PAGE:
A vegetation spraying company accidentally dumped between 20 to 30 gallons of Round Up on asphalt and dirt at Deschutes River State Recreation Area on the morning of Saturday, April 26.
None of the herbicide got into the river, said Jim Anderson, park manager. He said it was “the first and only spill” he’s seen in his 20-plus years as park ranger.
He said it was a minor event. “If that’s the only trouble I have this year, I’ve got it made.”
Anderson wasn’t expecting the pair of workers from RSI Vegetation Management in Zillah, Wash., to show up on Saturday and start pumping water from the Deschutes to dilute their concentrate of Round Up, an herbicide. Their company provides vegetation control for Union Pacific Santa Fe.
But as soon as he learned about the spill from the workers, he initiated a spill response protocol, which included calling 911 and hazmat responders.
Rather than use the busy boat ramp at Heritage Landing, the workers went to the nearby raft takeout area. They were about done pumping water from the river into their tanks when they got too full and briefly overflowed.
Jason Rumble, general manager of RSI, said the pump they were using to suck water out of the river can pump 150 gallons a minute, and when they saw liquid start to splash out of the overflow valve in their tank, they stopped as quickly as they could.
Anderson said the couple told him, “It happened so fast.”
Anderson said he was troubled that the couple didn’t have a permit to pump from the river and didn’t tell him of their plans.
Rumble said he’d never heard of needing a permit, and to his knowledge, his company had never gotten water from Deschutes State Park.
Rumble said crews usually get water from fire hydrants, creeks or river, whatever is closest and easily accessible, “and there’s never a problem with that.”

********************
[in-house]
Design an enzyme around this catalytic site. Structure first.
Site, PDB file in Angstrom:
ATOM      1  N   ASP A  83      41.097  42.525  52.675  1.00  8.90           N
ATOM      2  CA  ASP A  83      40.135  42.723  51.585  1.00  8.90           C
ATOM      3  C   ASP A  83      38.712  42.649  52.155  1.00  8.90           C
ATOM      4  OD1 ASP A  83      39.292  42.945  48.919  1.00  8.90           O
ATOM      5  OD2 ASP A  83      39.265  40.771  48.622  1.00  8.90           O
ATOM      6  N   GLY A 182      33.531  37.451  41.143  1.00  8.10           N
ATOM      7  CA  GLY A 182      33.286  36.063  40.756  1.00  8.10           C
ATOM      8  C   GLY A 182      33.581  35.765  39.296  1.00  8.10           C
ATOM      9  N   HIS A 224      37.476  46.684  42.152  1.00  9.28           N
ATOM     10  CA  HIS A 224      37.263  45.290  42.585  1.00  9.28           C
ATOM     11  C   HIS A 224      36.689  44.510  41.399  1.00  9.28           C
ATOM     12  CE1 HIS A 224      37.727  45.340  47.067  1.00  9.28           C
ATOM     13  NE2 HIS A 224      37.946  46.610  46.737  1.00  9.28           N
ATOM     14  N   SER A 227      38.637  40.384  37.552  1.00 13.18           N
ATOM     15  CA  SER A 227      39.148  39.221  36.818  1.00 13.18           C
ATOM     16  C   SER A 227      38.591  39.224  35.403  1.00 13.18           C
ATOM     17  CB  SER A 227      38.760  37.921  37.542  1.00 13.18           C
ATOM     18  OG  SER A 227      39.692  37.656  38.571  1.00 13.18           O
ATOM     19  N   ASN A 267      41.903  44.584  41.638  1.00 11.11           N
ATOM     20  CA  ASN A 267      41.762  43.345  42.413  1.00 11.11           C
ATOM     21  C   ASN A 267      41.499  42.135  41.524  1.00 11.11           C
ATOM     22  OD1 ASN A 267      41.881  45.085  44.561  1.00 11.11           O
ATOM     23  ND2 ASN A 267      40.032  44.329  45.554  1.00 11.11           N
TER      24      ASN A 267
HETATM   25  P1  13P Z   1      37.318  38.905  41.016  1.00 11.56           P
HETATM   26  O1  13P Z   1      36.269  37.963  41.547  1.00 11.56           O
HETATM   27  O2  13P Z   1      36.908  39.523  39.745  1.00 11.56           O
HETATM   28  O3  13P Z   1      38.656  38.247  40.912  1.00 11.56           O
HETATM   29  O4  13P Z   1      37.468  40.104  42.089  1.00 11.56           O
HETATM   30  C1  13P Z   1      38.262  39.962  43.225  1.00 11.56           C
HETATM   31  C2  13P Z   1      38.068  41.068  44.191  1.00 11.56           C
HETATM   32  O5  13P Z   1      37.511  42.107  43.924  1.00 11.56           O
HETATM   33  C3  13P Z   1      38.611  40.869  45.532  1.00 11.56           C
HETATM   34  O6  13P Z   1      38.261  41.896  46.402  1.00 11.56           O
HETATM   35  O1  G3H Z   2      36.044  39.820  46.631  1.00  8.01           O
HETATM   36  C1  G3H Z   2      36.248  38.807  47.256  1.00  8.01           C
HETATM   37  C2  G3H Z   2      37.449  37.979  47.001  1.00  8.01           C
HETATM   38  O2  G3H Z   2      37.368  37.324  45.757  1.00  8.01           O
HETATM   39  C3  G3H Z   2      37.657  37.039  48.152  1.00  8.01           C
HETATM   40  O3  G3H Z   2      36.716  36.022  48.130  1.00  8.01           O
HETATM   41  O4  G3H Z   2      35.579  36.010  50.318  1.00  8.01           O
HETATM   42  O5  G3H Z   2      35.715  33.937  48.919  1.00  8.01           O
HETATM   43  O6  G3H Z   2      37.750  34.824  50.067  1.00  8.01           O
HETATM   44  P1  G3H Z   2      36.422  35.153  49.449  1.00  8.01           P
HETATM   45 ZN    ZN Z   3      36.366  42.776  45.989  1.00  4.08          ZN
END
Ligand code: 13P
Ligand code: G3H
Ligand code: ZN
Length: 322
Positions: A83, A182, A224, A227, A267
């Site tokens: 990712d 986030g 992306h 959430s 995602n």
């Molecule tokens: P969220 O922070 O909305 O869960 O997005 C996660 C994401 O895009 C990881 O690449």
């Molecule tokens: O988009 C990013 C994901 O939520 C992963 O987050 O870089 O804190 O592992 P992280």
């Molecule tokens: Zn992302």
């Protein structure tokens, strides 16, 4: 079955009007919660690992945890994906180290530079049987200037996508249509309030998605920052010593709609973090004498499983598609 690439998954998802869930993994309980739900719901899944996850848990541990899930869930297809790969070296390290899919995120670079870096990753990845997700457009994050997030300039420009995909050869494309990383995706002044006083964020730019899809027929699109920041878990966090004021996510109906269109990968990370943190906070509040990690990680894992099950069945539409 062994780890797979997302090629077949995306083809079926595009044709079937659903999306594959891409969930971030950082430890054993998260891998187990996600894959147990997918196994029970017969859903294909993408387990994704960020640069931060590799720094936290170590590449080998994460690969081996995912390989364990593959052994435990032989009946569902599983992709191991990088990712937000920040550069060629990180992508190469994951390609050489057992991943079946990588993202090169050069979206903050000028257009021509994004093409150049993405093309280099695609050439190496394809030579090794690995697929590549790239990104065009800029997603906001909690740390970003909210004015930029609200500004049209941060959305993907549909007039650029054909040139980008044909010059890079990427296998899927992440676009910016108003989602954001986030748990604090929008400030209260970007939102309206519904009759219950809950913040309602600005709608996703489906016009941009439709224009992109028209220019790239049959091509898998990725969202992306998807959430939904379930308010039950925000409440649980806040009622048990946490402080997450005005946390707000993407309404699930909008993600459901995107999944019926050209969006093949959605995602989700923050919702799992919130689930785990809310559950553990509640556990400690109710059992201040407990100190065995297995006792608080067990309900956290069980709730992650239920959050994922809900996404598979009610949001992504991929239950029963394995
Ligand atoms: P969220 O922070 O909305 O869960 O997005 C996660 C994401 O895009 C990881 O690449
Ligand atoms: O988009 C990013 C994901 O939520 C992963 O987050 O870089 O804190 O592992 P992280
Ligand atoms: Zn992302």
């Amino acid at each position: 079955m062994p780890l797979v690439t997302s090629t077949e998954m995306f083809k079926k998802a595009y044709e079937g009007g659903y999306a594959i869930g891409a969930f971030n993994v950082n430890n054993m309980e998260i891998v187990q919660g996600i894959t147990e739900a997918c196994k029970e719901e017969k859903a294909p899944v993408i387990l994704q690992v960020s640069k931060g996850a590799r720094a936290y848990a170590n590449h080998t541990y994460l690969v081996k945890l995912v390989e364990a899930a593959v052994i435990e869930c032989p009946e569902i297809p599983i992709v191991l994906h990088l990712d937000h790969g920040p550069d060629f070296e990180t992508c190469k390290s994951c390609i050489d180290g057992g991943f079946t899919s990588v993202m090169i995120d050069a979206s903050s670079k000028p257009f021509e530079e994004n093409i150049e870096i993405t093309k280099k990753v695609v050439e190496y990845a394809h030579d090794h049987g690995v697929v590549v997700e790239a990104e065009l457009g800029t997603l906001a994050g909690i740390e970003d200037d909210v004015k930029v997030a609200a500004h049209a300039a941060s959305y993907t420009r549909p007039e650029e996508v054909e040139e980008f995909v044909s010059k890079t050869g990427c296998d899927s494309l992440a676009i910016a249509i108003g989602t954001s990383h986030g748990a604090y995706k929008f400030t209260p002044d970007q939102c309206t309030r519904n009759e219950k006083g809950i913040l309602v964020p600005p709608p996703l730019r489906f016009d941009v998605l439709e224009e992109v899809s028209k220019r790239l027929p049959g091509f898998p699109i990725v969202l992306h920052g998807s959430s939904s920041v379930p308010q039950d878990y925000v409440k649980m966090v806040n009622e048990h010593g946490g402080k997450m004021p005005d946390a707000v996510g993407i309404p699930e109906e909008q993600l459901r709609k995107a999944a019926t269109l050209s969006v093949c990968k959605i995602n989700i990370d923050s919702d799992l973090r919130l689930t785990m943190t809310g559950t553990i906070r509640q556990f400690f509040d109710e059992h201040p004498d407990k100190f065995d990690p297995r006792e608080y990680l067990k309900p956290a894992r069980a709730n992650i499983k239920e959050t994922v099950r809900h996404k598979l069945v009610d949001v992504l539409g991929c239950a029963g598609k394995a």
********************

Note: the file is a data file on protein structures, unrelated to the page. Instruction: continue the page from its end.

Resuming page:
He said the crew was doing what it would normally do. “It just so happened to not be the place to be.”
Anderson said the park has water tanks that they could’ve gotten water from, if they had only asked.
He said the only other entities that pump from the river are usually fire responders or the Oregon Department of Transportation, who both get permits. The permit process is complex, he said, since the river has anadromous, or migrating, fish.
Anderson closed the raft take out and still had it closed Tuesday morning. He was awaiting word from the state Department of Environmental Quality on reopening it.
He said it hadn’t been a very busy day for rafting.
The RSI workers quickly got to work putting down absorbent pads to soak up the spill, which was on a section of asphalt that tilted away from the river, Anderson said. He estimated it spilled 20 to 30 feet from the river.
The Department of Environmental Quality arrived and assisted with cleanup, which including removing four drums of contaminated dirt, said Mike Renz, who handles spill responses in this region for the DEQ.
In all, cleanup took about six hours, Anderson said.
Renz said the DEQ will not pursue any violations against the company, and has turned the matter over to the state Department of Agriculture. An official with the Department of Agriculture could not be reached for comment. Rumble, however, said he heard from the Department of Agriculture that “everything was good to go. Our penalty was having to clean it up.”
Greg Svelund, a spokesperson for the DEQ, said the DEQ did not pursue violations because the spill didn’t meet the threshold criteria, which include spills into a waterway, or a spill greater than 25 gallons.
Anderson said the RSI workers “were doing about everything wrong you could do.” They were blocking the road with their vehicle, and were also on a slant, which kept them from seeing how full their tanks were becoming.
But Anderson was relieved that the spill was minor. He said the workers had never had a spill before either and were frantic to get it clean. “They were very cooperative,” he said. “I even told their boss that they did the best they could and we weren’t going to seek any retribution on our end.”
He just wanted to be sure that the next time they needed some water, “let’s get it appropriately.”
The asphalt where the spill occurred is “a little white” from the chemical and absorbent material, but Anderson expects that to wear off.
Rumble said spraying crews spray twice a year – in the spring to kill seedlings and in August to kill noxious weeds.
A crew, driving a semi-type truck that sprays herbicide out of both sides of the vehicle, can cover 100 miles of track in a day. Vegetation needs to be kept away from tracks to prevent sparks from trains from igniting vegetation. Vegetation on the tracks can also cause train wheels to slip.